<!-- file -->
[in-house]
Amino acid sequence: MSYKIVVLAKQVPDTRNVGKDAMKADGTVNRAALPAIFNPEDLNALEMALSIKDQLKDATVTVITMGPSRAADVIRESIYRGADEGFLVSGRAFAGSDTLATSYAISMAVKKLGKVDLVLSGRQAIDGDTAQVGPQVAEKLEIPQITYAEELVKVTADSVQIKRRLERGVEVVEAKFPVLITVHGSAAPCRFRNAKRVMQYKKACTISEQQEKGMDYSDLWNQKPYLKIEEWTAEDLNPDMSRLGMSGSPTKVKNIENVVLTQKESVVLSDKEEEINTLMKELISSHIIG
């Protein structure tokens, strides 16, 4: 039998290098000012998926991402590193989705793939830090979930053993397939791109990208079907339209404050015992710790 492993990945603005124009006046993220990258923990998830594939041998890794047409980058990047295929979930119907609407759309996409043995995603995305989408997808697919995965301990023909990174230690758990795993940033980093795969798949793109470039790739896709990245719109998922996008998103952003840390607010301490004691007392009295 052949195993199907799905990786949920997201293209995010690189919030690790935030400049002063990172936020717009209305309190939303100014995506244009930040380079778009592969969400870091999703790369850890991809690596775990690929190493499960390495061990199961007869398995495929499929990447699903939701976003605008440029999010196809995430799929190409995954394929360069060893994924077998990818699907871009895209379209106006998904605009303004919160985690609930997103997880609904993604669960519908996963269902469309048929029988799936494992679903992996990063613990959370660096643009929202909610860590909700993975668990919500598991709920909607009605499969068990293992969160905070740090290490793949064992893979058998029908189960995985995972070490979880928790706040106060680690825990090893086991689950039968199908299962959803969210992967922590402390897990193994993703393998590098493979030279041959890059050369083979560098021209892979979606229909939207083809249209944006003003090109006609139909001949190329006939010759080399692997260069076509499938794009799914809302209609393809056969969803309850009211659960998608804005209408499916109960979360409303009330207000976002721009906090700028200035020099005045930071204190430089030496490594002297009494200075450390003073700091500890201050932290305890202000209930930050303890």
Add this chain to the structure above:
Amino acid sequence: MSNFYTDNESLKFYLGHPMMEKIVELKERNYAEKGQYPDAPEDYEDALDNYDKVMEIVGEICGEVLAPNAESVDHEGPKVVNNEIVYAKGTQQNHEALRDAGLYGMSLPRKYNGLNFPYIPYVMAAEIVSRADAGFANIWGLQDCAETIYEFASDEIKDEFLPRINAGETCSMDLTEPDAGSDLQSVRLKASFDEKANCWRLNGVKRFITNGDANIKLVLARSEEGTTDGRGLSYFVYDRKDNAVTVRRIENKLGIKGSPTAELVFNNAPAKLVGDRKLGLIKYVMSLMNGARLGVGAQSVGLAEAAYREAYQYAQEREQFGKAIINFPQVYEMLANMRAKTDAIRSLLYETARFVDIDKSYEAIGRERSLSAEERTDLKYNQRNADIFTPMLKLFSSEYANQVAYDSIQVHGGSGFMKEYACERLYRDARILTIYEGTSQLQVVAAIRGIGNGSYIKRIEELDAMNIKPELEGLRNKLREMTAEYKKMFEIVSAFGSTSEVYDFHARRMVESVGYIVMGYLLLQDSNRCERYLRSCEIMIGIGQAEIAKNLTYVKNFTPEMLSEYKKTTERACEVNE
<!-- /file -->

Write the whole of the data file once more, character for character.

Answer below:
[in-house]
Amino acid sequence: MSYKIVVLAKQVPDTRNVGKDAMKADGTVNRAALPAIFNPEDLNALEMALSIKDQLKDATVTVITMGPSRAADVIRESIYRGADEGFLVSGRAFAGSDTLATSYAISMAVKKLGKVDLVLSGRQAIDGDTAQVGPQVAEKLEIPQITYAEELVKVTADSVQIKRRLERGVEVVEAKFPVLITVHGSAAPCRFRNAKRVMQYKKACTISEQQEKGMDYSDLWNQKPYLKIEEWTAEDLNPDMSRLGMSGSPTKVKNIENVVLTQKESVVLSDKEEEINTLMKELISSHIIG
């Protein structure tokens, strides 16, 4: 039998290098000012998926991402590193989705793939830090979930053993397939791109990208079907339209404050015992710790 492993990945603005124009006046993220990258923990998830594939041998890794047409980058990047295929979930119907609407759309996409043995995603995305989408997808697919995965301990023909990174230690758990795993940033980093795969798949793109470039790739896709990245719109998922996008998103952003840390607010301490004691007392009295 052949195993199907799905990786949920997201293209995010690189919030690790935030400049002063990172936020717009209305309190939303100014995506244009930040380079778009592969969400870091999703790369850890991809690596775990690929190493499960390495061990199961007869398995495929499929990447699903939701976003605008440029999010196809995430799929190409995954394929360069060893994924077998990818699907871009895209379209106006998904605009303004919160985690609930997103997880609904993604669960519908996963269902469309048929029988799936494992679903992996990063613990959370660096643009929202909610860590909700993975668990919500598991709920909607009605499969068990293992969160905070740090290490793949064992893979058998029908189960995985995972070490979880928790706040106060680690825990090893086991689950039968199908299962959803969210992967922590402390897990193994993703393998590098493979030279041959890059050369083979560098021209892979979606229909939207083809249209944006003003090109006609139909001949190329006939010759080399692997260069076509499938794009799914809302209609393809056969969803309850009211659960998608804005209408499916109960979360409303009330207000976002721009906090700028200035020099005045930071204190430089030496490594002297009494200075450390003073700091500890201050932290305890202000209930930050303890």
Add this chain to the structure above:
Amino acid sequence: MSNFYTDNESLKFYLGHPMMEKIVELKERNYAEKGQYPDAPEDYEDALDNYDKVMEIVGEICGEVLAPNAESVDHEGPKVVNNEIVYAKGTQQNHEALRDAGLYGMSLPRKYNGLNFPYIPYVMAAEIVSRADAGFANIWGLQDCAETIYEFASDEIKDEFLPRINAGETCSMDLTEPDAGSDLQSVRLKASFDEKANCWRLNGVKRFITNGDANIKLVLARSEEGTTDGRGLSYFVYDRKDNAVTVRRIENKLGIKGSPTAELVFNNAPAKLVGDRKLGLIKYVMSLMNGARLGVGAQSVGLAEAAYREAYQYAQEREQFGKAIINFPQVYEMLANMRAKTDAIRSLLYETARFVDIDKSYEAIGRERSLSAEERTDLKYNQRNADIFTPMLKLFSSEYANQVAYDSIQVHGGSGFMKEYACERLYRDARILTIYEGTSQLQVVAAIRGIGNGSYIKRIEELDAMNIKPELEGLRNKLREMTAEYKKMFEIVSAFGSTSEVYDFHARRMVESVGYIVMGYLLLQDSNRCERYLRSCEIMIGIGQAEIAKNLTYVKNFTPEMLSEYKKTTERACEVNE